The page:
The combination of Girl Talk and Freeway is unlike anything you’ll hear in Top 40 radio—mostly because the music industry is way behind modern art. Record labels can’t, or won’t, touch Girl Talk because of copyright laws, but I challenge you to argue that Broken Ankles isn’t original work. When does a sample no longer become a sample? You can’t copyright a drum beat or a guitar note, so it must be the arrangement of the music that holds value. What happens when you deconstruct the original arrangement of a song, then combine it with 5 or 6 other deconstructed songs, and create something entirely new? Well, awesome is what happens, but just as the music industry fought the internet, they’re also trying to silence this new emerging genre.
I must be completely out of touch. Everyone raved about Rapture. For a small game it had solid hype leading to its release and scored fantastic reviews afterward, even being mentioned as Game Of The Year or at least making the short list. However, to me, I was so underwhelmed that I searched the internet to have it explained to me, thinking that I had missed some godly revelation along the way. No, I completely understood the proposed beauty of sinking depression. It just didn’t affect me.
Everybody’s Gone To The Rapture is a quirky art-school game where you play as an un-identified first-person discovering an English countryside village where all of its inhabitants have mysteriously vanished. You’re completely alone throughout the entire game to wander and be chilled by the vacant landscape, besides being guided by glowing orb of light. The light ball keeps you on course throughout and is a catalyst that triggers various glowing human-shaped memories of the townspeople. These visions performed by the ball of light are to aid you in piecing together the tragedy of the rapture. The whole story is Tarantino’ed and as you come across new information you’re left to figure out how all these out-of-sequence bits are pieced together.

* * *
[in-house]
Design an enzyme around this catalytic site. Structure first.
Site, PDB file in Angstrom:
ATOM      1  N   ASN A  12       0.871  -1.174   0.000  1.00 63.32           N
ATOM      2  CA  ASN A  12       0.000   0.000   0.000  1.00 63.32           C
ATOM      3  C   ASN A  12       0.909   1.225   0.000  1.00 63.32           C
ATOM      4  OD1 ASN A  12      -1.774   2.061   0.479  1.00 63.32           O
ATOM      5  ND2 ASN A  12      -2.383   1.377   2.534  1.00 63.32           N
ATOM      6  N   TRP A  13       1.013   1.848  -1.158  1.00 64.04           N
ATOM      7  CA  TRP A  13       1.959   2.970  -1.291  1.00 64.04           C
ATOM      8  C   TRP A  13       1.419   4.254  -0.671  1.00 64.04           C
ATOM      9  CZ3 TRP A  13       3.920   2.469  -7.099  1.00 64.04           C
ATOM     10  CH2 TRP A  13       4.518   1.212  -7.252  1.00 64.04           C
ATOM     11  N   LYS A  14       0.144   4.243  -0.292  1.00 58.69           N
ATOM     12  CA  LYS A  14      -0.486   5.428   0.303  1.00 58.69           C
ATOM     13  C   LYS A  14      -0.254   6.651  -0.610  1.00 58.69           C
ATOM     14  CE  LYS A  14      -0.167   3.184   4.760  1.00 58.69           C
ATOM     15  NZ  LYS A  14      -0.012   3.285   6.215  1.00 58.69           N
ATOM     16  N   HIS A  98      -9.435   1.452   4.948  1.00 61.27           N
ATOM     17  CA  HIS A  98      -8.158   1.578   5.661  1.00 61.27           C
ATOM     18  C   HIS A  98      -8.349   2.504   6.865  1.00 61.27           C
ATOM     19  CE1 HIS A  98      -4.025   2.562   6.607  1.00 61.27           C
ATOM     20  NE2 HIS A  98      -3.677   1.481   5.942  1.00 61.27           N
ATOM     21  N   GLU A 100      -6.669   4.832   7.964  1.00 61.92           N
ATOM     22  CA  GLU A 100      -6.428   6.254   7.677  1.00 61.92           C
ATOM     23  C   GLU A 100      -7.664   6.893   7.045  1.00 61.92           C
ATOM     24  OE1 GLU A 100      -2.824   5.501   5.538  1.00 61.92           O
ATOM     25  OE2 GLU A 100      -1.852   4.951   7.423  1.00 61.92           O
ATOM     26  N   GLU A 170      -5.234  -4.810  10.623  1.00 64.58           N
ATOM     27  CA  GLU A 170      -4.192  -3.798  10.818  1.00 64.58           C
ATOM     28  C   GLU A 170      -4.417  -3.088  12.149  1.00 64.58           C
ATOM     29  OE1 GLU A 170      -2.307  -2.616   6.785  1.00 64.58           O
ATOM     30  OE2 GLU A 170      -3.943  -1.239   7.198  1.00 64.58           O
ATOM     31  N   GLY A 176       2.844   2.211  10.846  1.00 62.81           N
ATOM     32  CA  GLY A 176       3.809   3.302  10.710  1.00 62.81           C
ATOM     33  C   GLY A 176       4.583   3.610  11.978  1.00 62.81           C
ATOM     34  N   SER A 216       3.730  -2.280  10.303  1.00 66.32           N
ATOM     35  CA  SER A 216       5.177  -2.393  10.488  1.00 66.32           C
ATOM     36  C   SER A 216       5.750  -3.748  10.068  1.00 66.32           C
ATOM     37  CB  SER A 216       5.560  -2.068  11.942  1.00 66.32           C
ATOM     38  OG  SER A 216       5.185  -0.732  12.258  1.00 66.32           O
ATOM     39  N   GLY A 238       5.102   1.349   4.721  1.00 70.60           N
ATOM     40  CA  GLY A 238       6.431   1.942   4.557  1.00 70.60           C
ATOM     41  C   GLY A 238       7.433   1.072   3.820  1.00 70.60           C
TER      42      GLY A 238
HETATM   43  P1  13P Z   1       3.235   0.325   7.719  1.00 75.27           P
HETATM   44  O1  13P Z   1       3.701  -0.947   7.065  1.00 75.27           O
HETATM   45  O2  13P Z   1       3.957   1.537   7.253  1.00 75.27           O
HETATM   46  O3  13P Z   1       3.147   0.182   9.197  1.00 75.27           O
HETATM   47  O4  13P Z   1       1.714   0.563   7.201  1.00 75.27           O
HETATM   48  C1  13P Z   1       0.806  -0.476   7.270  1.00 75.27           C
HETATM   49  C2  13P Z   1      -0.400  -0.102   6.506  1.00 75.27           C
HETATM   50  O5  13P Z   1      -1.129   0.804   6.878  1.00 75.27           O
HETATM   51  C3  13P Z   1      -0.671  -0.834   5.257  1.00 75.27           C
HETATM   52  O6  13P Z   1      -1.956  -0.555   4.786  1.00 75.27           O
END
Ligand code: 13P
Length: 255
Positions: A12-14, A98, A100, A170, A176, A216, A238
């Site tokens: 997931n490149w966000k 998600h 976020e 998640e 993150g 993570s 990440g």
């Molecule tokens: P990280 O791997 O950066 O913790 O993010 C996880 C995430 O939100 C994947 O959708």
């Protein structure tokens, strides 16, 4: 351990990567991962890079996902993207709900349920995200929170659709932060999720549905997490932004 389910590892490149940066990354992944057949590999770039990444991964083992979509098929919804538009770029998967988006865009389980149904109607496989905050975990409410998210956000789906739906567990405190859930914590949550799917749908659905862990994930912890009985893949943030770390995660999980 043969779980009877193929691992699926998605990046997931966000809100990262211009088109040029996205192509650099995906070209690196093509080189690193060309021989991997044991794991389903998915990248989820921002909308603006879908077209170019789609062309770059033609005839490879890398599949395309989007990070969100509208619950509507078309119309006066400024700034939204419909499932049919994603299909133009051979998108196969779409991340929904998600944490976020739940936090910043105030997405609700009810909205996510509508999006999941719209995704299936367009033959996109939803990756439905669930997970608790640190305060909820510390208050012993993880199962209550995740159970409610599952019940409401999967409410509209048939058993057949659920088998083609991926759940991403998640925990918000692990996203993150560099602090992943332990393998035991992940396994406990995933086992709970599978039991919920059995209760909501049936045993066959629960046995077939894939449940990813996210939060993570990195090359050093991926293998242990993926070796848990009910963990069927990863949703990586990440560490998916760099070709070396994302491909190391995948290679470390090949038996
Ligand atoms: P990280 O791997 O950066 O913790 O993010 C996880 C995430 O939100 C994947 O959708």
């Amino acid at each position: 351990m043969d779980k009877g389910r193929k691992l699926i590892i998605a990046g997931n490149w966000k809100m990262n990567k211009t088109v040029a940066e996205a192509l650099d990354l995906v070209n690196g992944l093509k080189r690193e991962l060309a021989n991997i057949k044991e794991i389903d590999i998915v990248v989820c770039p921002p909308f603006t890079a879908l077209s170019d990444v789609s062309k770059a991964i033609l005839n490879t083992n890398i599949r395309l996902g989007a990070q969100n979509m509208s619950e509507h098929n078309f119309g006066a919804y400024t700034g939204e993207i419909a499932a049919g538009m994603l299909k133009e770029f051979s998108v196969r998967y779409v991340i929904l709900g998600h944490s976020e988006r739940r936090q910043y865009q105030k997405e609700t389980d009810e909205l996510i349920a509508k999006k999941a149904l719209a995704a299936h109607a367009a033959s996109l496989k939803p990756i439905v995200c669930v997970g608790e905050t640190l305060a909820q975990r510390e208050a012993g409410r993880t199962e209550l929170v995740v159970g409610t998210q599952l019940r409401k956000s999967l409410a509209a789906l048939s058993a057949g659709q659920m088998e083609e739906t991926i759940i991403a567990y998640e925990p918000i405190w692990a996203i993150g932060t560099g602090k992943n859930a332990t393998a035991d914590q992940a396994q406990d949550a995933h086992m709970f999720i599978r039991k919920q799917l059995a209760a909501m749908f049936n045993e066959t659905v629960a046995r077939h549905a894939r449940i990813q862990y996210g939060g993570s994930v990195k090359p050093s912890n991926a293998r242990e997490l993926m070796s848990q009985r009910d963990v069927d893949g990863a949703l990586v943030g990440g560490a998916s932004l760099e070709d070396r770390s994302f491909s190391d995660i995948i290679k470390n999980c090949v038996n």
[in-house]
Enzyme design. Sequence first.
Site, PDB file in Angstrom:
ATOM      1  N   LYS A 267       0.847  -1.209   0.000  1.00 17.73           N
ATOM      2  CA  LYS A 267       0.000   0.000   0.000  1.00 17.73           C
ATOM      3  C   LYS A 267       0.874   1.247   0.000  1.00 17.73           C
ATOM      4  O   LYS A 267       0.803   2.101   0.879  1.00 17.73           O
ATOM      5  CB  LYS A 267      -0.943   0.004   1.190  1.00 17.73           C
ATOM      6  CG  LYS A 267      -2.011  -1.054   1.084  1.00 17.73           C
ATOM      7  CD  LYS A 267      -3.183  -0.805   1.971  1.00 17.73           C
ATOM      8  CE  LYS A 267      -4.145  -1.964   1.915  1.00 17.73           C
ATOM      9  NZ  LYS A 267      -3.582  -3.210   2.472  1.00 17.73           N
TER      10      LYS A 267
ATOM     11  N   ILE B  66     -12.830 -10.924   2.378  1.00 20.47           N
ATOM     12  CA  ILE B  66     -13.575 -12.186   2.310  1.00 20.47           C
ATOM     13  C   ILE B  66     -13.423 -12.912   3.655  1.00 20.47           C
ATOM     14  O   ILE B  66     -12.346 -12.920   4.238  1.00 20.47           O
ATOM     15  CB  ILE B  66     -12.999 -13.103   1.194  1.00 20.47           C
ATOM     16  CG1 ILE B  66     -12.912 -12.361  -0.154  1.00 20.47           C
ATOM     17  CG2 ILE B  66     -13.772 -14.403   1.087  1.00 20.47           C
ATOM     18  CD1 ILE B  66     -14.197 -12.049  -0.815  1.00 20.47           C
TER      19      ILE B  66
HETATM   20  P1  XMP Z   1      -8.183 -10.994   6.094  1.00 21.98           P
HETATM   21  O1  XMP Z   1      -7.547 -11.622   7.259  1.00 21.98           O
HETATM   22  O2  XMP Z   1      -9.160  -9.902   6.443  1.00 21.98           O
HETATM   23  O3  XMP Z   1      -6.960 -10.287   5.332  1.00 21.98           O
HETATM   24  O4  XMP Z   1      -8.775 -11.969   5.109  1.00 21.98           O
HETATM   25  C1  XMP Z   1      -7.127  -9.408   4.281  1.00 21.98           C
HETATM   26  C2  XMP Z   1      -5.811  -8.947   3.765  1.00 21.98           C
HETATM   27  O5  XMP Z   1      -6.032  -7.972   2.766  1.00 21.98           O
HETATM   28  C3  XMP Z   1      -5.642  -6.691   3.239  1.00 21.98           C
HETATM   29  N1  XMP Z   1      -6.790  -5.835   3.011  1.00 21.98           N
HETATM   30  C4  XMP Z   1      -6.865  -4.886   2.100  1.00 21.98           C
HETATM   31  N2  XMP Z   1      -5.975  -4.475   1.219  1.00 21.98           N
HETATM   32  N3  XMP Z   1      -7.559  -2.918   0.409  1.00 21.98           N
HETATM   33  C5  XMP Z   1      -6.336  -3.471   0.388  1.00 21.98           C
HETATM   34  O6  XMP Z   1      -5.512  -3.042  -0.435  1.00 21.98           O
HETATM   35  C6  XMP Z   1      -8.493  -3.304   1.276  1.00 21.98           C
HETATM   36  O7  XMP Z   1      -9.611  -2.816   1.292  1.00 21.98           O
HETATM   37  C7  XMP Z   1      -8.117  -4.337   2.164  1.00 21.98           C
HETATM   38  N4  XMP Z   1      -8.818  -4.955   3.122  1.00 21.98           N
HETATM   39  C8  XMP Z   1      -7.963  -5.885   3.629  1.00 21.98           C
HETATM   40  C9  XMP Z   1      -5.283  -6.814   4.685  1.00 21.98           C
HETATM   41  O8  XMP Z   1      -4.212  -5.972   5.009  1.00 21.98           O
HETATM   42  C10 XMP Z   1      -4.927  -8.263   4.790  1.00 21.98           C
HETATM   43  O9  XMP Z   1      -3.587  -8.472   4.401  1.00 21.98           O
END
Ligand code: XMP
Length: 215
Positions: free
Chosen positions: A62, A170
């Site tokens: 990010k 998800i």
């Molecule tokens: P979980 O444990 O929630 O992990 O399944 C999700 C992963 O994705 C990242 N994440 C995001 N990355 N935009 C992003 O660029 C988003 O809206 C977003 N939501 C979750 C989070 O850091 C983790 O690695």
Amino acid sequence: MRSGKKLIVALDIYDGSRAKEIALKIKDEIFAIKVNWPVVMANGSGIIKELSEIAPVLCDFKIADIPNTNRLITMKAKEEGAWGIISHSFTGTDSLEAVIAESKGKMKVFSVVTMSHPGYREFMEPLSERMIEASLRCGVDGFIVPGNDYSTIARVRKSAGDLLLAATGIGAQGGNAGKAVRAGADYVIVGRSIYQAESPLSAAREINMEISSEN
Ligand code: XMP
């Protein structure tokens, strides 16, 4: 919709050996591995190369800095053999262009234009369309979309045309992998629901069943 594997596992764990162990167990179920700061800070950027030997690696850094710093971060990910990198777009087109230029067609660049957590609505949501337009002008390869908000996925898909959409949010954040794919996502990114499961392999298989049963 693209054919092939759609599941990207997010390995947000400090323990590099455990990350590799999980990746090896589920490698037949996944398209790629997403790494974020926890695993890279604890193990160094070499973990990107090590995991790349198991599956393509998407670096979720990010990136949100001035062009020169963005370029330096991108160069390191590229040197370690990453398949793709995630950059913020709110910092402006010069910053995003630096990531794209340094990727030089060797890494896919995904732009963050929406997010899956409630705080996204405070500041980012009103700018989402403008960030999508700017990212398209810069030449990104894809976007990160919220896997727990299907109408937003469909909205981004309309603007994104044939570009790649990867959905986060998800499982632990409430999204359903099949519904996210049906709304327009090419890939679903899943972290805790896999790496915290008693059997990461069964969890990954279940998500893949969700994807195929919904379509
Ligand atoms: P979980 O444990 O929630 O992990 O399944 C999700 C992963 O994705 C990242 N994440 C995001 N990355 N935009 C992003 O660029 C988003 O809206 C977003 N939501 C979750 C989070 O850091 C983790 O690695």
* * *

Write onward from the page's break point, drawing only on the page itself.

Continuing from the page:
The graphics were mind-meltingly realistic—the facial expressions of a twinge in the cheek or flutter in an eye captured a humanistic element that had never before been accurately conveyed digitally. The story seemed mysterious and heartfelt, while at the same time packed with action. And that was all nothing compared to the truly monumental element that set Beyond apart from everything else; the creators enlisted real-life A-list actors, Ellen Page and Willem Dafoe, and turned their dramatic performances into realistic game characters that could actually be controlled and played.
Beyond premiered at the Tribeca Film Festival in 2013, and rightfully so. This game was a movie, or rather, this movie was a game. David Cage, writer and director, compiled over 2,000 pages of story in his masterful 10 hour choose-your-own-adventure opus with the entire game being constructed around real-life motion capture technology. Every car door slamming, body flying across the screen, or heartfelt tearjerking moment was physically acted out by a human, with his casting being just as critical as it is in a Hollywood blockbuster.
From playing Atari at my cousin’s house to getting my first NES when I was 7 years old, I’ve kept every console and game (all in working order) that I've ever owned well into adulthood. My generation and younger values video games much differently than the past- it’s not simply Space Invaders or Mortal Kombat anymore. Amazing writing, design, and imagination combined with Panama Canal-sized teams of developers have created a viable medium to tell stories in a way which humans have never been able to experience. Emerging into fantastic environments, time periods, galaxies, and controlling the protagonist to discover your own story is a field-shifting concept. When simply compared to the ability of storytelling, the video game is a much greater achievement than the motion picture. Or at least it could be.
It’s often hard to articulate the thoughts and emotions that consumed me the first time I listened to Bikini Kill. Awestruck. Captivated. Confused. Moved. Inferior. To me, the band was the beginning of an awakening or rather a tangible example of something I already knew to be true- they just personified it.
I wasn’t aware of sexism until later in childhood, roughly when girls started to develop and I didn’t. Even then, I didn’t really understand it. I understood that men were physically stronger than women, but I kind of thought that’s were the conversation ended. I figured my natural weaknesses were women’s natural strengths and vice versa, the whole thing ultimately balancing out. I honestly lived my childhood believing that because nature made me stronger that meant that women were naturally smarter. My mom is smarter than my dad, girls in my classes always seemed to get better grades than the boys. I was the one with the inferiority complex because I had little use for physical strength- I never wanted to beat anyone up. As a little boy, I didn’t consume myself with sociology or world history, all I knew was what I saw. Girls were beautiful and tender while boys were rough and mischievous.